For years now, a battle has raged between where the focal point for security in the enterprise should actually be. Some vendors have argued that the edge of the network makes the most sense because of the inherent efficiency of relying on gateways to secure hundreds of machines.
Others, however, argue that the only effective place to secure the enterprise is at the client, especially as Web applications continue to evolve. For all intents and purposes, we have so many open ports and exceptions when it comes to network security that the only real option left is to focus on securing each end point, says Arabella Hallawell, Sophos vice president of corporate strategy.
If you accept that reality, then the only real issue is how to do that as efficiently as possible. To that end, this is why we see vendors such as Sophos opening their agent architecture to deliver a broader array of security services, such as data loss prevention.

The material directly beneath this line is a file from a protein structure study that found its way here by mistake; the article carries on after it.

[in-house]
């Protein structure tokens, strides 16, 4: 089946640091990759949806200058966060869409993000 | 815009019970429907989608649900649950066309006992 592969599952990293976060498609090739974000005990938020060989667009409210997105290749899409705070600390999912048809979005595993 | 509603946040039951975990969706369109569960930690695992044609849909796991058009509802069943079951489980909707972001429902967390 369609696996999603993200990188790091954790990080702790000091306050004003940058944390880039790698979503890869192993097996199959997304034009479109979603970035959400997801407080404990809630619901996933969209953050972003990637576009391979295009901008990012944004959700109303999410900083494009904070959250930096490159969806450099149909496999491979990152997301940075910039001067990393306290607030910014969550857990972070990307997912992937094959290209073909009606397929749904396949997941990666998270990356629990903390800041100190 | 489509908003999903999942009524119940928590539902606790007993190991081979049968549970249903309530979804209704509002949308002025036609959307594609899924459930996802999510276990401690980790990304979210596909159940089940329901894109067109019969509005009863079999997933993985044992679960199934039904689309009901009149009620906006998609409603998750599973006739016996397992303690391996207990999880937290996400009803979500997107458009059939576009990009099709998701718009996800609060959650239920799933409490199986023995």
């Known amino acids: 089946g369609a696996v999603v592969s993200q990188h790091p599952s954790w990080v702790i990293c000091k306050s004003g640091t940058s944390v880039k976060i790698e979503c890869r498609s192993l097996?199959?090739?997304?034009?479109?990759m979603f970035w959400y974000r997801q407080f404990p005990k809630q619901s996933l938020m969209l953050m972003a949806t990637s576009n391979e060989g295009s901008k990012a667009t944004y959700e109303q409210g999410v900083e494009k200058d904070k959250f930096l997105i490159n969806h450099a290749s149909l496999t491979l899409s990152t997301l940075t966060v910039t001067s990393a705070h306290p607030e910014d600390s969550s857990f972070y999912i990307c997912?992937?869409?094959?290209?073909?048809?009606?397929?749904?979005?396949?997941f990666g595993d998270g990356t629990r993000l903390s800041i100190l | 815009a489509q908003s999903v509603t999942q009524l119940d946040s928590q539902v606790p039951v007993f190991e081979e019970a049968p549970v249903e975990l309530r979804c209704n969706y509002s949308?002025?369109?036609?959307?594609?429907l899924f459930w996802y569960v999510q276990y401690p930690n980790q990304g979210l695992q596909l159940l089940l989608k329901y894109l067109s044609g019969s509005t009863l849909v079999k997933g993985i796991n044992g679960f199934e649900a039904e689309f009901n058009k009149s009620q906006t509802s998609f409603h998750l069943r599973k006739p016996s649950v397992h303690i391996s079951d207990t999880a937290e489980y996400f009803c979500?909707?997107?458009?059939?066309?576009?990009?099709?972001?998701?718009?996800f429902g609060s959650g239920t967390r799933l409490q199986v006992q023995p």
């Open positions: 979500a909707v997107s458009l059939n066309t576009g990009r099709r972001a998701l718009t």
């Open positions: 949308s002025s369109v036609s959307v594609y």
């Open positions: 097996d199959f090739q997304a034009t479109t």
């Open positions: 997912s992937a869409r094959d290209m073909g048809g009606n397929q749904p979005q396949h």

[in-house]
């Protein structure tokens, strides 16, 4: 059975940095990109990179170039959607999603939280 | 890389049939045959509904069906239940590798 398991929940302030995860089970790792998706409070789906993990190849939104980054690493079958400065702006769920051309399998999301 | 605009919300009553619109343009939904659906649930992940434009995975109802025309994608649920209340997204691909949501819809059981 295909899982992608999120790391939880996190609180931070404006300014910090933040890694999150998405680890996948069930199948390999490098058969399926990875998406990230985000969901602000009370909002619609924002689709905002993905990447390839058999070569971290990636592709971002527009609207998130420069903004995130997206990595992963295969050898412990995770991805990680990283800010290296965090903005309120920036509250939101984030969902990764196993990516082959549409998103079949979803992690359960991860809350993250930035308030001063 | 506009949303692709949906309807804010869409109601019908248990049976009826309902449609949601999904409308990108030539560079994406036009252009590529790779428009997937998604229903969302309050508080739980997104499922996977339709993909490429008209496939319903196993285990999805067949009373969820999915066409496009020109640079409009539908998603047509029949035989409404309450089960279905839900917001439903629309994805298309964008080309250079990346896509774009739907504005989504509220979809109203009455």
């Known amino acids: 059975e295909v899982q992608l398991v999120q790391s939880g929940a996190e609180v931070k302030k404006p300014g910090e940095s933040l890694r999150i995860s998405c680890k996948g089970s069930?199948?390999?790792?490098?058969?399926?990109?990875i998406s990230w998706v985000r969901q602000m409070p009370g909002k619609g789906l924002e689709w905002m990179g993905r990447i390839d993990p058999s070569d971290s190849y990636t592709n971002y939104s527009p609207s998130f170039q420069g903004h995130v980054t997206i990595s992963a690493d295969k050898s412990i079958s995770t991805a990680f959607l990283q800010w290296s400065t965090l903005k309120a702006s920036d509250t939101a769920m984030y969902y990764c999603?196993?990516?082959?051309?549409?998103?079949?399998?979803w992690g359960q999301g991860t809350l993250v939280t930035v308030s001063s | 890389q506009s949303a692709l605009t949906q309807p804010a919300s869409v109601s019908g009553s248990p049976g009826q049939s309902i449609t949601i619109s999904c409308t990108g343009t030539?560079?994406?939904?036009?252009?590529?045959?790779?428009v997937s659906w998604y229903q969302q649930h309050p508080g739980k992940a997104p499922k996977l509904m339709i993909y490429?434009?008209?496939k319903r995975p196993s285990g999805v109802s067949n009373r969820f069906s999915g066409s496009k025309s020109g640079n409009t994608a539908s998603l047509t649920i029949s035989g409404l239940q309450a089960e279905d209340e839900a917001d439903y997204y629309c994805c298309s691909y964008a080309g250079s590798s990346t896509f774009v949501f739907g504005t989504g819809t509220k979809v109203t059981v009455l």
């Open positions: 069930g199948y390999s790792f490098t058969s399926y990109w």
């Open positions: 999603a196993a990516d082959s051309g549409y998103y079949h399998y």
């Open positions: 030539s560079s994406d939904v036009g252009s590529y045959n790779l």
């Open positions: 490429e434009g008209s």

Ultimately, IT organizations will need to judge vendors by identifying which ones can bring the greatest amount of security services to the client most efficiently. That eventually means not only taking a hard look at how extensible their agent architecture on the client is, but how robust their policy engine is as well.
We have in the name of productivity turned our firewalls and network gateways into proverbial swiss cheese by opening so many holes for specific types of applications to flow through. Given the fact that this situation is not likely to change any time soon, it looks like focusing on end point security is the only real option left. That doesn't mean throwing away your network security appliances, but it does mean recognizing them as your first, but certainly not best, line of security.